Skip to content
My WebMD Sign In, Sign Up

Incontinence & Overactive Bladder Health Center

Font Size
A
A
A

OAB: When You Have an Accident

How to take control of your overactive bladder and reduce the chance of accidents.
By
WebMD Feature
Reviewed by Louise Chang, MD

An overactive bladder (OAB) doesn't have to keep you close to home. Whether your OAB symptoms are caused by age, medical issues, pregnancy, or disability, there are steps you can take to prevent accidents or to manage them discreetly when they do happen.

1. Use the Right Absorbent Products.

Coping with accidents is much easier if you use the right tools for the job.

Choices include panty liners, sanitary pads, absorbent adult briefs, and reusable garments with protective outer layers. Pads and panty liners might help if you have small, occasional leaks -- but they may not always be enough.

Because the urine-holding capacity of each product can vary, you may have to try several products and brands before you find the right one for you.

2. Take Care of Your Skin.

If you've got OAB, you may also have a higher risk of rashes and skin breakdowns.

There are several reasons for that. To keep harmful bacteria at bay, skin is slightly acidic, but when urine touches flesh, skin becomes moist and more alkaline.

The result is an inviting environment for bacteria and  yeast , which can lead to rashes and infection.

Prevention can be simple:

  • Check your skin daily, looking for rashes or other signs of irritation. Be sure to separate and check any skin folds, too. 
  • Wash carefully after every accident, using mild soaps or perineal washes; additionally, avoid hot water, which can make irritated skin even worse.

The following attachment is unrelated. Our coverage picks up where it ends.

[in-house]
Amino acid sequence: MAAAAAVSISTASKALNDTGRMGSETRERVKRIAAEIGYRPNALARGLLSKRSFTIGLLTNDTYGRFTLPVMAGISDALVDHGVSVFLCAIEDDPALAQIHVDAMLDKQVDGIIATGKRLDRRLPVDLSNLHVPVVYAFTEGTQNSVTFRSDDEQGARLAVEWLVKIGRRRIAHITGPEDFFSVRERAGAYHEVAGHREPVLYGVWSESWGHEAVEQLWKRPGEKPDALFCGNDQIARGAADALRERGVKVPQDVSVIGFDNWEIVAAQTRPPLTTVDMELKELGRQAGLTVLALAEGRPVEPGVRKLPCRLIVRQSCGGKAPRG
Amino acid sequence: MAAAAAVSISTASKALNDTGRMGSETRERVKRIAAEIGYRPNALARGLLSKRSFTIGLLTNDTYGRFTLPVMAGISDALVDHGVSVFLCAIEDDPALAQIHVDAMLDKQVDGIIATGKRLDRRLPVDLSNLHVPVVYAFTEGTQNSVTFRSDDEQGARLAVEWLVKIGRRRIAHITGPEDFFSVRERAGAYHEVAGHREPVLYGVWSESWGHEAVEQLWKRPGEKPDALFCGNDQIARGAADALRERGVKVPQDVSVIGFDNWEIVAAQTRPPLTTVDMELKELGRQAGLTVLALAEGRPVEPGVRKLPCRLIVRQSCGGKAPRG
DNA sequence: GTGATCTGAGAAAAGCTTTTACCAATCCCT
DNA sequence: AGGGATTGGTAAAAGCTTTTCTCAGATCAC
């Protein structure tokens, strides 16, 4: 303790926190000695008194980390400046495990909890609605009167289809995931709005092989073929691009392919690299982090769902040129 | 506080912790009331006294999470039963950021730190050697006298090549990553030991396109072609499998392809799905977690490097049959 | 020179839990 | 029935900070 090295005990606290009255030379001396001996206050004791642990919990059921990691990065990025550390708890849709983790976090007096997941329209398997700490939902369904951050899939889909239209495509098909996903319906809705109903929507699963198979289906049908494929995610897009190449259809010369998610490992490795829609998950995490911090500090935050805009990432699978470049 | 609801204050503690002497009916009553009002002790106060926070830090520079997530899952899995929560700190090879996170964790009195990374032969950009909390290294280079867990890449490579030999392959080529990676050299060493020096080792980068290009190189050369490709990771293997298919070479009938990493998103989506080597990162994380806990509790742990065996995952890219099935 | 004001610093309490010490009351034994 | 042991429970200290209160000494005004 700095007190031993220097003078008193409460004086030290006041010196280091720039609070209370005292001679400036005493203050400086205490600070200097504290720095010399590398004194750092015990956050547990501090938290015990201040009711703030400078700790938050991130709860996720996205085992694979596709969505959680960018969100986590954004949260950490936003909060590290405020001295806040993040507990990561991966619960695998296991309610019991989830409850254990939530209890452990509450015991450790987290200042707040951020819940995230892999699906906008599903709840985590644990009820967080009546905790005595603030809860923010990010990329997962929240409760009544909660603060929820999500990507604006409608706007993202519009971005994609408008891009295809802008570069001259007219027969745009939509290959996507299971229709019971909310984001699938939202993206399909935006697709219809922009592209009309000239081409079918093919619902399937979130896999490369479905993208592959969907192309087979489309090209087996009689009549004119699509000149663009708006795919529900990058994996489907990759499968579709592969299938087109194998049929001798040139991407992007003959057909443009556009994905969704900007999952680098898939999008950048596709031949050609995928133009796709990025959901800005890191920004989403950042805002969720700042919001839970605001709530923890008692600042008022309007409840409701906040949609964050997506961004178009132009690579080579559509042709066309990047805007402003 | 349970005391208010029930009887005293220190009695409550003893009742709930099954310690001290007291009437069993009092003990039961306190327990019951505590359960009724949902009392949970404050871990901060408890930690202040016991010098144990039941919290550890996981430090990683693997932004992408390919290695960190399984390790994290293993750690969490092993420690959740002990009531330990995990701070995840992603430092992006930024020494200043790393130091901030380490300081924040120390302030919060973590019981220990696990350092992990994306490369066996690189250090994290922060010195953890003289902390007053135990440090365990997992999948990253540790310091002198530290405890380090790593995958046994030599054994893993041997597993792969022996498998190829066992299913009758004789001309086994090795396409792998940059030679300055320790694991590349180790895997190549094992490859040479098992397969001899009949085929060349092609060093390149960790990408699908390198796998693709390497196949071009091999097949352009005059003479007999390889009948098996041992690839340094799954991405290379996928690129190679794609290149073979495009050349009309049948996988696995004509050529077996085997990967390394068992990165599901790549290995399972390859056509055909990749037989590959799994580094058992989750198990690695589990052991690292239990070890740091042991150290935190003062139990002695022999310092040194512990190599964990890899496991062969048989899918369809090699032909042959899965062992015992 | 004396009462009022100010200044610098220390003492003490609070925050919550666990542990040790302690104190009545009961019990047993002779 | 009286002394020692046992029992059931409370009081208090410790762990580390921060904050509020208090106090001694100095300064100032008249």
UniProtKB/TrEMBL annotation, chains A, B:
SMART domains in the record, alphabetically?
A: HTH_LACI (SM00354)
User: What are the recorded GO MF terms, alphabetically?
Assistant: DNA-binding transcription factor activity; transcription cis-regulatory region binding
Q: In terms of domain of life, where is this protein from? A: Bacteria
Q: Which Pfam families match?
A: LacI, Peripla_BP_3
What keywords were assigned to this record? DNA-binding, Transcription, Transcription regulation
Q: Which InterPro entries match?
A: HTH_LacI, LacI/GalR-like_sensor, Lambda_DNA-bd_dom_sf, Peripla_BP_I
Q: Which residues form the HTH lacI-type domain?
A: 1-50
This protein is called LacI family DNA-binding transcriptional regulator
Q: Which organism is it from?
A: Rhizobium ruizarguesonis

• To avoid skin tears and even more irritation, let skin air-dry; don't rub. 
  • Apply a cream, ointment, or film-forming skin protectant regularly to help keep urine away from tender skin.

 

3. Minimize Odors.

When you have an accident because of OAB, odor may be one of your first concerns. Though you can't prevent it completely, you can curb odor. Here's how:

  • Stay hydrated -- without going overboard. The more concentrated your urine is, the stronger it smells. 
  • Consider taking urine deodorizing tablets, such as vitamin C, or supplements made for this purpose. You can also help reduce urine odor by drinking apple, pear, cherry, and other noncitrus juices. 
  • To remove odor from clothes or your mattress, try using one part white vinegar to two parts water, baking soda, or commercial cleaners made to remove urine. Bleach kills bacteria, but it isn't as effective as vinegar at dissolving urine crystals.

 

4. Carry Extra Clothes.

An extra set of clothes at work or in the car are an obvious must if you have had -- or fear you'll have -- OAB accidents.

Include a large, waterproof storage bag for your wet clothes, too. And to help cope with accidents, some people get in the habit of carrying or wearing long coats or favor darker colors.

Today on WebMD

Incontinence Women Slideshow
SLIDESHOW
exam room
Slideshow
 
Public restroom door sign
Slideshow
nachos and beer
Article
 
woman holding water
Slideshow
Food That Makes You Gotta Go
Slideshow
 
Male Incontinence Slideshow
Slideshow
sleepless woman
Article
 
Worried in bed
Article
woman standing in front of restroom sign
Slideshow
 
woman reading medicine bottle
Quiz
Woman on riverbank in autumn
Slideshow